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Taking Cannes to Newcastle: New international film festival “huge boost” for regional economy

Entrepreneur Jacqui Miller told Real Business why she’s talking up Newcastle at the Cannes Film Festival and why, in business, there’s no second chance to make a good first impression.
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I am sitting with entrepreneur Jacqui Miller at a table on the outside patio of the Grand Hyatt Martinez Hotel in Cannes while the well known film festival is in full swing.

Next to us, cameras are pointed at a group of fashion models filming their conversation as they flick through the pages of glossy magazines.

Just yards away, scores of photographers are scrambling around the entrance to the hotel’s reception as a limousine pulls up, while security guards attempt to hold a large crowd of onlookers at bay.

It is just another day in Cannes at the 70th annual film festival, where it is hard not to feel like you are an extra in a movie production.

These distractions are short-lived, however. Miller is enthusiastically presenting the vision for the Newcastle Film Festival, coming in 2018 to her home city – which she clearly adores.

And in many respects, what is happening in Cannes is all part of the inspiration for a venture that has big, global ambitions.

Miller is president of the festival – a role she accepted after festival co-founder and technical director TJ Gill had considered a “soft launch” for the event this year based on his extensive experience as an independent film maker and involvement with the New Delhi Film Festival in India.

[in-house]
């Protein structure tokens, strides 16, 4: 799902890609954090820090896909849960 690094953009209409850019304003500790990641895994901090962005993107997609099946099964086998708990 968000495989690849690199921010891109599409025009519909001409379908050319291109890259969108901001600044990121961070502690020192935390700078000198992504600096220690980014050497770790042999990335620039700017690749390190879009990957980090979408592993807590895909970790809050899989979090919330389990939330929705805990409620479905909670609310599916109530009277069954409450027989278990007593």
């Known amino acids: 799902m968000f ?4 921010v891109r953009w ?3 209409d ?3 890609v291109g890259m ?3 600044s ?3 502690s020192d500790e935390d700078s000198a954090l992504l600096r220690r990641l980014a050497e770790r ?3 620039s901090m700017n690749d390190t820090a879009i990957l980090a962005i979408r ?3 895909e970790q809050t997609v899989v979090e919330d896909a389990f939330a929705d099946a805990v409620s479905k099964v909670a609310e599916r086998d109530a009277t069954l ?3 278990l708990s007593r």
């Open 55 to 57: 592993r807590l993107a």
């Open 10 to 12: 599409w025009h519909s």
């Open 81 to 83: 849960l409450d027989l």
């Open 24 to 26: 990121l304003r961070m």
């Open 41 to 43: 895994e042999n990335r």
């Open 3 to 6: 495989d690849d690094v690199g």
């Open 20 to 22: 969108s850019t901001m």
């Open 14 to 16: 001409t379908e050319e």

“There is no such thing as a soft launch,” said Miller. “From a business perspective, you will be judged by the first thing you do – there are no second chances to make a good first impression.”

She is direct and bold in describing her vision and – against the backdrop of Cannes, where a pitch is pretty much the second agenda item after breakfast – makes more than a solid case for creating a new destination in the global movie festival road map.

Global ambitions

Why Newcastle is the question that comes instantly to mind, but before we get to that, let’s look at the Miller back story.

Along with her two brothers, Miller helped to create a global brand with Miller International – specialising in construction attachment manufacturing for the construction, quarrying and mining industries.

Niche you may think, but it’s seriously big business and Miller International has definitely positively disrupted the industry – so much so, that the company is in the midst of a long-running legal dispute “which is a story for another day”, Jacqui explains.

These days, since Miller took the decision to step aside from day-to-day operational activities with the family business, she has become involved in many and varied business and mentoring opportunities – and, for various achievements, was a previous First Women Awards finalist (among many other accolades).

“My philosophy is if you reach for the stars and get to the moon, then it’s not too bad,” Miller said.  “It’s how I am looking at the Newcastle Film Festival, we want to put the region on the global map for a cultural contribution and we want to involve literally everybody.”

As we sit, surveying Cannes with its decades of experience as a film festival destination for the world’s movie makers, Miller starts to unveil what Newcastle can offer.